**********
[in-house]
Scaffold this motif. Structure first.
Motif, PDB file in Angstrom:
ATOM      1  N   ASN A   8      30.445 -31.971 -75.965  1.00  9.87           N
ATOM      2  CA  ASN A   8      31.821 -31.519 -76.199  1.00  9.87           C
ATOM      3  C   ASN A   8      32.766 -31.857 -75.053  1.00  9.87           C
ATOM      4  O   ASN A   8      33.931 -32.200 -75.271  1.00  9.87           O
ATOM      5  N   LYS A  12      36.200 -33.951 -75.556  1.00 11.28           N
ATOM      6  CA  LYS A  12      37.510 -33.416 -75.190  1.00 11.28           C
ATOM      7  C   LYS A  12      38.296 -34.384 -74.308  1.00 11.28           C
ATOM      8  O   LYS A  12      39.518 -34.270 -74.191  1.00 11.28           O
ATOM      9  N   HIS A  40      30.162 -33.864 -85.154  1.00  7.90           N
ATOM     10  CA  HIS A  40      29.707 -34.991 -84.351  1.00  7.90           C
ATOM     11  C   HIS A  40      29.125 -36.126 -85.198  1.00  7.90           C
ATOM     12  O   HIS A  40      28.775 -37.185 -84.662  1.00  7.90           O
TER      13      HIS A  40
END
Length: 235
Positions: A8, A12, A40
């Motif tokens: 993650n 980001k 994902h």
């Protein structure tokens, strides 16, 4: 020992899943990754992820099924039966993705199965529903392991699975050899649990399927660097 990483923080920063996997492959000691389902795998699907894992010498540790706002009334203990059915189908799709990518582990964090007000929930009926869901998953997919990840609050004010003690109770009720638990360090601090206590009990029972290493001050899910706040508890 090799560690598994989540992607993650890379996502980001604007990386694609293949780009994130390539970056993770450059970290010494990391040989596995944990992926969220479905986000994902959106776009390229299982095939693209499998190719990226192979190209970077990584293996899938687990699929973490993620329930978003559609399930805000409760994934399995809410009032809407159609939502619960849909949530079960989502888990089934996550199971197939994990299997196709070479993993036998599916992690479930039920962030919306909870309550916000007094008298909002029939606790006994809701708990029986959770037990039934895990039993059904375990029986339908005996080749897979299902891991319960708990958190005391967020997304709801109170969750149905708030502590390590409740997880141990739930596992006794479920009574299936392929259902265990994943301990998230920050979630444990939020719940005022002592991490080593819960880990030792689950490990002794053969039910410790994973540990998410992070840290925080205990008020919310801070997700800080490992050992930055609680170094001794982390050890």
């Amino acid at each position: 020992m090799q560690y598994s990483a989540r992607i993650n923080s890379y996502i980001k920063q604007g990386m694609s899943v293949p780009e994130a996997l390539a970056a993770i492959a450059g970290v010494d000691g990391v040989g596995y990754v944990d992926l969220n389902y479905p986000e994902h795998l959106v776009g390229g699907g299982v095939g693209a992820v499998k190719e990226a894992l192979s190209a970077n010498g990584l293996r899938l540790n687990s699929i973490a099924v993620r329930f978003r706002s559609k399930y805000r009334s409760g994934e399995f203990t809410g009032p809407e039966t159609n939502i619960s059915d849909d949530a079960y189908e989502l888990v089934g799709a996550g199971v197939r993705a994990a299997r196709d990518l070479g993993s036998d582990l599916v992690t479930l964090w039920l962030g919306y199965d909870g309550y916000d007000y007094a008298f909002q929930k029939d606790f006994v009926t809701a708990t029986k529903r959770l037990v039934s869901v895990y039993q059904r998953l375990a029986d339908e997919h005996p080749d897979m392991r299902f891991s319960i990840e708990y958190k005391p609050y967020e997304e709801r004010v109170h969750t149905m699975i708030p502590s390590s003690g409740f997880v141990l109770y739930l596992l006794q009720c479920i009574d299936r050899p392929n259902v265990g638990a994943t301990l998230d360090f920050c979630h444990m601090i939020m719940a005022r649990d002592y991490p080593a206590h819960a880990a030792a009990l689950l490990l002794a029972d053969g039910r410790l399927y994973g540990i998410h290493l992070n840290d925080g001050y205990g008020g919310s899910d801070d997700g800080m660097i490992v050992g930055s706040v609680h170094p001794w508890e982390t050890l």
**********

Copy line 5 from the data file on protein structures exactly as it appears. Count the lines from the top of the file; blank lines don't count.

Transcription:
ATOM      2  CA  ASN A   8      31.821 -31.519 -76.199  1.00  9.87           C